I’m Sam 👋, a Postdoctoral Research Scientist at FAIR, Meta’s fundamental AI research group. I currently split my time between Paris, France and Cambridge, UK.
While machine learning is often thought of as a pipeline from data to decision, my research investigates the orthogonal pipeline from researcher decisions to impacts, both positive and negative, in broader society. The choices we make as researchers—how to collect data, which model architecture to use, how we evaluate performance or even how we define the question—result in different conclusions, different systems, and ultimately different outcomes for those our systems affect.
For example, my recent NeurIPS paper applied an approximated multiverse analysis in order to understand the effect of researcher choices on the robustness of scientific claims, and my recent FAccT paper, connecting contemporary models’ inductive bias towards simplicity to performance disparities, showed that the choice of model architecture can have real, yet unpredictable, impact. In broad strokes, my work aims to highlight the active and concrete role that researchers and model developers must play in creating fair and equitable machine learning systems, no matter how abstract or fundamental our research may seem.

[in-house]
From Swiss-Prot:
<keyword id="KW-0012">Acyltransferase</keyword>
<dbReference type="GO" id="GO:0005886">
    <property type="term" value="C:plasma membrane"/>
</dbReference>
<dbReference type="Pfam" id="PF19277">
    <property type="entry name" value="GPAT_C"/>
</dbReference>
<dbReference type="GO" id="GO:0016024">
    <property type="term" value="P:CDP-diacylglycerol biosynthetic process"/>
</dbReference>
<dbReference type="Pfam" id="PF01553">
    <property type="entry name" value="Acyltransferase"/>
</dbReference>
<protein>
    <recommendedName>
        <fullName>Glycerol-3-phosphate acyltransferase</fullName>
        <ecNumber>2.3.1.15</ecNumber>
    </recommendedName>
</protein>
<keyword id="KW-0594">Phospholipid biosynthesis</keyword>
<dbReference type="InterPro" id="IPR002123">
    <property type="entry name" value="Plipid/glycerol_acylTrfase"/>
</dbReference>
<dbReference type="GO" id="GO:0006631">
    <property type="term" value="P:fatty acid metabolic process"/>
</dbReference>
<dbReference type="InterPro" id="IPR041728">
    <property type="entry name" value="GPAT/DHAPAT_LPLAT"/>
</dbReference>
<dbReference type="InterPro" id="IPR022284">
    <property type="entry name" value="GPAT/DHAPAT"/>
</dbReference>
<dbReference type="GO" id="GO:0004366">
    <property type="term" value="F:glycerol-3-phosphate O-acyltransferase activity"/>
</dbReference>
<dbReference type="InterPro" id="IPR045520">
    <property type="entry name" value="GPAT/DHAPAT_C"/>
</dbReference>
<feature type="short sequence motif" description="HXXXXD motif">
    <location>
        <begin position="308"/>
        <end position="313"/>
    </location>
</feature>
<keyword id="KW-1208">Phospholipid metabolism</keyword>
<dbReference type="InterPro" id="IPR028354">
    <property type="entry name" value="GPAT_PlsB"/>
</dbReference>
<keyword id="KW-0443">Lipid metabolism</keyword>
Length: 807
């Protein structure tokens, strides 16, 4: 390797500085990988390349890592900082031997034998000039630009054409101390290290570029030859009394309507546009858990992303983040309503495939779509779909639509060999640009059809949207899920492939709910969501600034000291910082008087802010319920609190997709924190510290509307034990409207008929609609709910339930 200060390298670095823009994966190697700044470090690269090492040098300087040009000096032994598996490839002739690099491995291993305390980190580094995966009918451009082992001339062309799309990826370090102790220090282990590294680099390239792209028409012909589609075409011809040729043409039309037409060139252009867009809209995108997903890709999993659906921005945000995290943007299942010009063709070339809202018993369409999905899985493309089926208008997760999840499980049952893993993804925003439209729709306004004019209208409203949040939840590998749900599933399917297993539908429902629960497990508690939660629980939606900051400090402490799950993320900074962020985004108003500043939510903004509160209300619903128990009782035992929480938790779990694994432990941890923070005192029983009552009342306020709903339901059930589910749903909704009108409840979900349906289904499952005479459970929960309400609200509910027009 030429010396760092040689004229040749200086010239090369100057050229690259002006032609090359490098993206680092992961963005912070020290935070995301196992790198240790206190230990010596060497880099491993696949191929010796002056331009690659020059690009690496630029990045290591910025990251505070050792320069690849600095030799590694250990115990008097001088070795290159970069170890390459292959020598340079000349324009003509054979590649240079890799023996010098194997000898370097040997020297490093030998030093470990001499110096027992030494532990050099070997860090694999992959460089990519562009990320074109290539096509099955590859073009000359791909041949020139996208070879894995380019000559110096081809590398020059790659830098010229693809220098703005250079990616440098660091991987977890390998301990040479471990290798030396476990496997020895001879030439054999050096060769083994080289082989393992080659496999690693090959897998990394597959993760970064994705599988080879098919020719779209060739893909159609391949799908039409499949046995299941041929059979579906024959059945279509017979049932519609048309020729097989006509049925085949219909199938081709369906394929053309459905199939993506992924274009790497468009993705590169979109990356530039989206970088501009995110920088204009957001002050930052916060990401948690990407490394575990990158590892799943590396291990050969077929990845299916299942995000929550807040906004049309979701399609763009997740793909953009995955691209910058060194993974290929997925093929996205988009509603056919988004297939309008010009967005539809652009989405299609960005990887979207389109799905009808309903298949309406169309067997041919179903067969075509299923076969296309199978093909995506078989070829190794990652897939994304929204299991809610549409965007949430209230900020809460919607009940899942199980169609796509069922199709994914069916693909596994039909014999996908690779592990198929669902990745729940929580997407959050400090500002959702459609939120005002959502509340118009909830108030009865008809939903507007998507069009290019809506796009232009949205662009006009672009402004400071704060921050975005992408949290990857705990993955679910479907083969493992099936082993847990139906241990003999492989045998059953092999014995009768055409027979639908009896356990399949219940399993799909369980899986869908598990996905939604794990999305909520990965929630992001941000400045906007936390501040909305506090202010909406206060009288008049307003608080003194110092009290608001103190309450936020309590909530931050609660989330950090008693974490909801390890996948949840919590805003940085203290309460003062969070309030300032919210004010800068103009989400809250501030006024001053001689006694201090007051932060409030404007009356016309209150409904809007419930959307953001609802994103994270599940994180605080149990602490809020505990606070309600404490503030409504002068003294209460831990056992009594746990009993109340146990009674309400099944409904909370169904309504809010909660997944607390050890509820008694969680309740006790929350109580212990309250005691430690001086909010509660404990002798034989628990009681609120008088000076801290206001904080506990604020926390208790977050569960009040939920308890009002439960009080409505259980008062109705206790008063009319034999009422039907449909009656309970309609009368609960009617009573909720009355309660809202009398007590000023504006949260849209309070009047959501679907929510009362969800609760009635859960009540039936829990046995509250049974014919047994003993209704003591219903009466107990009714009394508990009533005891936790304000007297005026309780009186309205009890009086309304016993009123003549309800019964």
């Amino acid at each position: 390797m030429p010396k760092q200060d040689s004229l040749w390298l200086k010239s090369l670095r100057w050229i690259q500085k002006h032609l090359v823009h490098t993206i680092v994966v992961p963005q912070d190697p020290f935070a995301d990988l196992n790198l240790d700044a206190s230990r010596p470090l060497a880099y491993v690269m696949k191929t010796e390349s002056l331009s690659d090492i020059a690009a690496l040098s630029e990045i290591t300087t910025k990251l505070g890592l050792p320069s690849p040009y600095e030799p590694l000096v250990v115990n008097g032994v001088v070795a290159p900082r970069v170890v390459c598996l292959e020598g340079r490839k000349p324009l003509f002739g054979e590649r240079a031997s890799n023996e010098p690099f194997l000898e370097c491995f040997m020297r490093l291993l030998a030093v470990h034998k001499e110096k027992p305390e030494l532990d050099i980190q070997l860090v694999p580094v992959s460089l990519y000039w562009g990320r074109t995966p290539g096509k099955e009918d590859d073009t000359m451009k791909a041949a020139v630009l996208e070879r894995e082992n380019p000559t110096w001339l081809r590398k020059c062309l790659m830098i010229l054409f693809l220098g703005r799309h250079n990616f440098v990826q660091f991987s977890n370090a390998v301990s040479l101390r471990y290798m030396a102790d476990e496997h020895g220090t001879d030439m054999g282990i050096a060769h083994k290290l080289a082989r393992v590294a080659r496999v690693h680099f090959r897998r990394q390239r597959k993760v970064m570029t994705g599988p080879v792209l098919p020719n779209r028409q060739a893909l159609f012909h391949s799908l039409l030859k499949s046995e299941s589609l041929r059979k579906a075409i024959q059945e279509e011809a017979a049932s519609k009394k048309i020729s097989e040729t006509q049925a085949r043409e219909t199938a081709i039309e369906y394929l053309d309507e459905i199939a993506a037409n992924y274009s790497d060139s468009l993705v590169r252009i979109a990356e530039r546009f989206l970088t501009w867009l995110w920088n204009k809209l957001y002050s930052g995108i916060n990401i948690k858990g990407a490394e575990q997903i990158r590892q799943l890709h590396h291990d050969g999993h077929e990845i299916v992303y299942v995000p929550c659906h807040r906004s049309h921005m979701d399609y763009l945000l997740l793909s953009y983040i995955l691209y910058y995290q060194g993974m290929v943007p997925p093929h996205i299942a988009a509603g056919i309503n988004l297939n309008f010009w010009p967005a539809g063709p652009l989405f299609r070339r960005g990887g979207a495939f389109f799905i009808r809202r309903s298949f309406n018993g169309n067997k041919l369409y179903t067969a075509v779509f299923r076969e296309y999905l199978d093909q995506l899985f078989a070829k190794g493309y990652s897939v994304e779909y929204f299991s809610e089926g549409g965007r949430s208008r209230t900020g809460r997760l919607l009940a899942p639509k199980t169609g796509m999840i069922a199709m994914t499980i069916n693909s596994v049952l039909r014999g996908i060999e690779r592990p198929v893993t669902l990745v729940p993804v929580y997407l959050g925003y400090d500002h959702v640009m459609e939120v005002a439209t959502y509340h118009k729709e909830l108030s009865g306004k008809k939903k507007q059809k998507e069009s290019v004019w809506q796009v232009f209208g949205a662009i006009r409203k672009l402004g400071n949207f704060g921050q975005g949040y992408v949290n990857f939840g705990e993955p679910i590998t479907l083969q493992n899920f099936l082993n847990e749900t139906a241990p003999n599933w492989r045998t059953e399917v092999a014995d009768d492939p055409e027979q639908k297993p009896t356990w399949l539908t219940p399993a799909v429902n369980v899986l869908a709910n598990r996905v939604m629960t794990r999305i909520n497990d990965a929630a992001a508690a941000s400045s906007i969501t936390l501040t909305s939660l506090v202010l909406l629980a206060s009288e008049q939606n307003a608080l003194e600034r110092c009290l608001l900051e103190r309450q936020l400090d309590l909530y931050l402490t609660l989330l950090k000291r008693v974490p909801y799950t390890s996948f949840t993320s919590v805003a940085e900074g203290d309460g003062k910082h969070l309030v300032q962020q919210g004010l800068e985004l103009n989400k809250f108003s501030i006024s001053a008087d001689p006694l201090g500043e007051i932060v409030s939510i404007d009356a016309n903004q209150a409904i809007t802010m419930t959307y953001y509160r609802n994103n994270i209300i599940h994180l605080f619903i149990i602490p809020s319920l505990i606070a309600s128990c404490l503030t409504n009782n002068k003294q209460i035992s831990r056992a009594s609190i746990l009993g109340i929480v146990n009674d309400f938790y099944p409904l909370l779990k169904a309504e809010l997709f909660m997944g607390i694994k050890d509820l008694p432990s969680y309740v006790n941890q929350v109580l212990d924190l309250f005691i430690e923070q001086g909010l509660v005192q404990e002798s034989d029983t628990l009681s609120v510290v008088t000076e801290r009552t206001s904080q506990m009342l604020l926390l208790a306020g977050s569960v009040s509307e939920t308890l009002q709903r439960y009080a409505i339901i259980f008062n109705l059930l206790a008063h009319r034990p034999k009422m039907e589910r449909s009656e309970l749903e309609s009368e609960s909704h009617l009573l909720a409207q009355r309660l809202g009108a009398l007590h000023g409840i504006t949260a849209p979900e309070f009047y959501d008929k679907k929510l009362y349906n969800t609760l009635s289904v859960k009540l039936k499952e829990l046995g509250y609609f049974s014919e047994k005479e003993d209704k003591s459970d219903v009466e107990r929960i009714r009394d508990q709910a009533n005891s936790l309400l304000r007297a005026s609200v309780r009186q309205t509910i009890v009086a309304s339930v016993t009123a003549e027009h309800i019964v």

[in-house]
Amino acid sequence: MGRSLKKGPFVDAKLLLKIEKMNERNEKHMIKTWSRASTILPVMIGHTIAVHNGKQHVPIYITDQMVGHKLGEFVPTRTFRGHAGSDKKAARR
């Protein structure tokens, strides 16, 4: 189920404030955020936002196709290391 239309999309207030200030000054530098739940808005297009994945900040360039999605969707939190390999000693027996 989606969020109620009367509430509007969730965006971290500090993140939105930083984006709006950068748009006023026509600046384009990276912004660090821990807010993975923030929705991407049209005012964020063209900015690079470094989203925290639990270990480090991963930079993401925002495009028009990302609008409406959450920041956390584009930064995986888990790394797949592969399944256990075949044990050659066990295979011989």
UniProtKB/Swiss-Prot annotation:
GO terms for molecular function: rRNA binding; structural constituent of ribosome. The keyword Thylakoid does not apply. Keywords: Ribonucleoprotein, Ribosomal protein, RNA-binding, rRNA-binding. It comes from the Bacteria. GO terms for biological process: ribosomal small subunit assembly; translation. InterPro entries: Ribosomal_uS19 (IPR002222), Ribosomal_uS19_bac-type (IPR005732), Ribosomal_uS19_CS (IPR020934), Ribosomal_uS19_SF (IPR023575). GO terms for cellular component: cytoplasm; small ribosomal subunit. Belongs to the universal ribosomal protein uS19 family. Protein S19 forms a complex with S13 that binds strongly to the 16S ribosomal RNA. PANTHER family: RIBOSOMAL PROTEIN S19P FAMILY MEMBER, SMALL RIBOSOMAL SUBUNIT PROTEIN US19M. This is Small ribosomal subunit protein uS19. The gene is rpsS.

In 2022 I completed my PhD in machine learning as part of the ML@CL group at the University of Cambridge, supervised by Prof. Neil Lawrence. Previously, I have studied at The Alan Turing Institute, obtained a master’s in natural language processing at the Cambridge Computer Laboratory, and did my bachelor’s in computer science at the University of Manchester.
I’m also the Founder and Chair of The Preptrack Foundation, a registered charity building technology for HIV prevention. Our first app, Preptrack, helps people who use PrEP, the medication that eliminates the risk of HIV infection.
If you’re interested in learning more about what I do, or discussing research collaborations or opportunities, please do drop me a line. My email is samueljamesbell [at] gmail [dot] com. I’d love to hear from you.
Confusing Large Models by Confusing Small ModelsIn Out of Distribution Generalization in Computer Vision Workshop, ICCV, 2023
Simplicity Bias Leads to Amplified Performance DisparitiesIn ACM Conference on Fairness, Accountability, and Transparency (FAccT), 2023
Modeling the Machine Learning MultiverseIn Advances in Neural Information Processing Systems (NeurIPS), 2022
The Effect of Task Ordering in Continual Learning2022
Behavioral Experiments for Understanding Catastrophic ForgettingIn AI Evaluation Beyond Metrics (EBeM) Workshop, IJCAI, 2022
ICLRPerspectives on Machine Learning from Psychology’s Reproducibility CrisisIn Science and Engineering of Deep Learning (SEDL) Workshop, ICLR, 2021